Above all, they remain true to their original cause of providing high-quality, physical paper books. “Reading a paper book is a personal experience. You need to slow down and think about what is printed. And I don’t think you can replace that by what you get from digital sources.”
The sensation of sitting down in a chair and time passing more slowly, the tactile pleasure from the feel of the paper, and the aesthetic joy inspired by the cover design and style of font, is not easily imitated by digital books. Especially those that have a strong visual element such as coffee table books, graphic novels, and children’s books.
Gallardo is optimistic about the present state and future of Barcelona’s literary scene and posits a theory: “I think you can gauge the health of the reading and literary culture of a society not just by the number of books sold, but by the quality of its libraries. Barcelona has some excellent libraries in addition to some high-calibre bookstores. Also, many families have a strong tradition of reading and writing; both in the cities and urban areas as well as in the countryside and smaller villages.”
And, Gallardo insightfully points out,
“a book isn’t just about the writers, it involves the editors and publishers, the designer, the paper and typography chosen, the way it’s marketed and distributed. Of course, you need the writing to be great, but it requires a team to make it something really special.”
More than written words make up a literary and reading culture. A community of readers, authors, and commentators is needed to engage and create new ideas and projects.
Hence, events like Kosmopolis provide opportunities for the international and local spheres to interact in a more structured way.
The CCCB attracts these famous authors due to their vision and values which draws many authors. “Despite not being able to pay significant appearance fees, we have personal contacts in our network which has been created over two decades or more. Also, Barcelona is a central hub for the publishing industry, which means everyone in the publishing world becomes our acquaintances to a degree” says Villatoro. “Above all, it’s the experiences of previous participants that allows us to attract such famous authors and speakers for future events. It’s much easier to persuade them when the list of names that attended before is very much worth being part of.”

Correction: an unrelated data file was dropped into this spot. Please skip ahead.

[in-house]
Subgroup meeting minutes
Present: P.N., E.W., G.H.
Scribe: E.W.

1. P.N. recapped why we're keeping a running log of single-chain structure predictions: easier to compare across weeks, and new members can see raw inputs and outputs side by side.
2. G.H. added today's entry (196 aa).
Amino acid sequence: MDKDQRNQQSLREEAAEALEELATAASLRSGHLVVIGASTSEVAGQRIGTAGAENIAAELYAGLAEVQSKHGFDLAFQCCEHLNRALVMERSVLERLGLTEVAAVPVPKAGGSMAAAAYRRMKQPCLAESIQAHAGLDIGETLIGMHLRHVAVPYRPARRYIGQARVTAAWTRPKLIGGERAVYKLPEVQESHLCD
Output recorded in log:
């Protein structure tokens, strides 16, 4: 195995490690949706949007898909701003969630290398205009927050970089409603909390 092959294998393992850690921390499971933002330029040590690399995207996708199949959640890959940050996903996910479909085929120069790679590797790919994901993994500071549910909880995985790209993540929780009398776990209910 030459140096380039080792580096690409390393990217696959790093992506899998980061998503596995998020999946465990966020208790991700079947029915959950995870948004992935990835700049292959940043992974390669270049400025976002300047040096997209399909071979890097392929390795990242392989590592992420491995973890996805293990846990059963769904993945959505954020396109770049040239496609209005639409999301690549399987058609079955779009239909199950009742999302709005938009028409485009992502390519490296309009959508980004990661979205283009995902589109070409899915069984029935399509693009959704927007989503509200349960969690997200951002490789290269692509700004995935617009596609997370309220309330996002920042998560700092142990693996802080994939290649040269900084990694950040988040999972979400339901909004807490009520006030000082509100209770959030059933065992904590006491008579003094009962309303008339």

There’s also the opportunity to interact with other brilliant, creative minds. Villatoro observes that “sometimes it produces a positive chemistry that isn’t always predictable. We know that Kosmopolis events initiated friendships and relationships that have been very deep. It’s not guaranteed, but between interesting people and characters, it’s not difficult to create them.”
Meanwhile, Laie’s intimate, light-filled restaurant and cafe with an open terrace at the rear of the Pau Claris branch, provides the perfect meeting point for Barcelona’s literary, political and cultural notables.
Laie has a special section on Catalan politics, history and current affairs, and it’s not uncommon to see some of the political writers enjoying a coffee or afterwork wine or aperitif while expressively trying to persuade their companions of a particular point, or perhaps complaining about the state of the world. Gallardo chuckles: “Sometimes, you can even chance upon conversations between political writers, or see those with completely contradictory opinions, look at the other rather annoyed or even upset — albeit respectfully.”
Apart from these unplanned encounters, Laie offers workshops and events for the public in its Shakespeare Room as well as organising private gatherings. The majority of its clientele are locals that live in Barcelona, or cultural tourists, and students remain a faithful part of the Laie community.
A more cosy spot for expatriates and locals alike, is Babelia’s book-cafe in Sant Antoni, just west of the eclectic, buzzing Raval.
Lou Keohane opened the bookstore and cafe in 2012 after relocating from Madrid. She initially found it difficult to settle in her first year in Barcelona, but never had thoughts of returning to Spain’s capital. The different languages and cultures heard in the streets and bars and public spaces of the city felt more open to the kind of life she was seeking. But, she was not able to easily find spaces where those worlds interacted in a meaningful way.
It is on that premise that Babelia was born. Wanting to establish a space for foreigners and locals to engage, the bookstore became a secondary function as local groups formed.
Now, Babelia hosts a number of different book reading groups, language exchanges, and community events. It’s a hub for digital nomads, teachers at a nearby English language school, and regulars who drop in for their early morning coffee and a chat with Lou, who still serves front-of-house. She’s deservedly proud of the way in which her book-cafe facilitates a melting pot of readers, writers and students from all walks of life.
Lou agrees with her contemporaries that the paperback book will never be extinct.
“We love books, and we want to work with books forever” says Gallardo. If Barcelona’s thriving bookstores, literary festivals, and book-cafes are anything to go by, he need not worry about being out of a job.